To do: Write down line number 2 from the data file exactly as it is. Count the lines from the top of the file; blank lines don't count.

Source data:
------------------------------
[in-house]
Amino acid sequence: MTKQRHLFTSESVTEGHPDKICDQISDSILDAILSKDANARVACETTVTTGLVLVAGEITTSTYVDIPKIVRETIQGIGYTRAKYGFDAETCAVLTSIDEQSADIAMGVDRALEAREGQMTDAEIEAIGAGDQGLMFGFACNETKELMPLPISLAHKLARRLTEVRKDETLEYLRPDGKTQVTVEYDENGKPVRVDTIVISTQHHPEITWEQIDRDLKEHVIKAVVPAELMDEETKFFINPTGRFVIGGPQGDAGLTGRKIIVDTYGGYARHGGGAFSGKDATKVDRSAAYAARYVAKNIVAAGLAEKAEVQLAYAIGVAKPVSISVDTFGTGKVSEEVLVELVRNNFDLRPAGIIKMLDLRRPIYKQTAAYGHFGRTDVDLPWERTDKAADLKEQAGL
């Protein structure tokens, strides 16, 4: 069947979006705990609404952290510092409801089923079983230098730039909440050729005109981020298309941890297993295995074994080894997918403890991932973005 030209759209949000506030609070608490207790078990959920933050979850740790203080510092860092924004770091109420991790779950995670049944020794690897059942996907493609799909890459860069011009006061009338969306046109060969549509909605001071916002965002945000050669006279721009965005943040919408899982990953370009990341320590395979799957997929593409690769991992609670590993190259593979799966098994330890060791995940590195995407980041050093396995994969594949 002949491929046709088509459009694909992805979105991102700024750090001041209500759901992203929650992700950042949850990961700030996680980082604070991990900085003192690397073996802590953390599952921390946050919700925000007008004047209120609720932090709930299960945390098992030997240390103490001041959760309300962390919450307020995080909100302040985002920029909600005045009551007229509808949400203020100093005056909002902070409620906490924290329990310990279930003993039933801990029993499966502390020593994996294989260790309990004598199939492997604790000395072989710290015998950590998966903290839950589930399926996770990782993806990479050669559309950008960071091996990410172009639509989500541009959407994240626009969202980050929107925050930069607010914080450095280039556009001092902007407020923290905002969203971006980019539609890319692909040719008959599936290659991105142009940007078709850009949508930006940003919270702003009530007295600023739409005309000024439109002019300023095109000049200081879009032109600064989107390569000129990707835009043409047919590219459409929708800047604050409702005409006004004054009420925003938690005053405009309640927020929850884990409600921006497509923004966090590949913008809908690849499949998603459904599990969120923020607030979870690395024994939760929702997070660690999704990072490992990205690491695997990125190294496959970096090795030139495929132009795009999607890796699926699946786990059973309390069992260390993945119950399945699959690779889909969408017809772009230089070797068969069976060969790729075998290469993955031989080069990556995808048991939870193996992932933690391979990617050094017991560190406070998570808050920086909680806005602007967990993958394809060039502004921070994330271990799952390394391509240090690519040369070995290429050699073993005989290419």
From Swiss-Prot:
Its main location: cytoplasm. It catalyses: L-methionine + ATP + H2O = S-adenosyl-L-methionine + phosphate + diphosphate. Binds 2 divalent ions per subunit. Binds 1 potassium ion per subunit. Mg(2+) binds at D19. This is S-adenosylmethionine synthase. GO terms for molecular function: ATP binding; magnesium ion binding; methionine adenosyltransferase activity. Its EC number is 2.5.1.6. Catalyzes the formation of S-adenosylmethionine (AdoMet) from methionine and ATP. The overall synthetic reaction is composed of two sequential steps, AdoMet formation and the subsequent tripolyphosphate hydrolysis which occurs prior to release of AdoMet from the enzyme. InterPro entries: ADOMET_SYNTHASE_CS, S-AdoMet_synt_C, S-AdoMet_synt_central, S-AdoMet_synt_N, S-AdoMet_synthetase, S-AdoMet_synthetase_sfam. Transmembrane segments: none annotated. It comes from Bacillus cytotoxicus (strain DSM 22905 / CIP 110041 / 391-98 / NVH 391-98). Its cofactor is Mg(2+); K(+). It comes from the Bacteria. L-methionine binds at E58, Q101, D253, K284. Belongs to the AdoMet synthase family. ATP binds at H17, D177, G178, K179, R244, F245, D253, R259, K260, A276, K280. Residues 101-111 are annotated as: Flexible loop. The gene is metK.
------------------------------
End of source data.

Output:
Amino acid sequence: MTKQRHLFTSESVTEGHPDKICDQISDSILDAILSKDANARVACETTVTTGLVLVAGEITTSTYVDIPKIVRETIQGIGYTRAKYGFDAETCAVLTSIDEQSADIAMGVDRALEAREGQMTDAEIEAIGAGDQGLMFGFACNETKELMPLPISLAHKLARRLTEVRKDETLEYLRPDGKTQVTVEYDENGKPVRVDTIVISTQHHPEITWEQIDRDLKEHVIKAVVPAELMDEETKFFINPTGRFVIGGPQGDAGLTGRKIIVDTYGGYARHGGGAFSGKDATKVDRSAAYAARYVAKNIVAAGLAEKAEVQLAYAIGVAKPVSISVDTFGTGKVSEEVLVELVRNNFDLRPAGIIKMLDLRRPIYKQTAAYGHFGRTDVDLPWERTDKAADLKEQAGL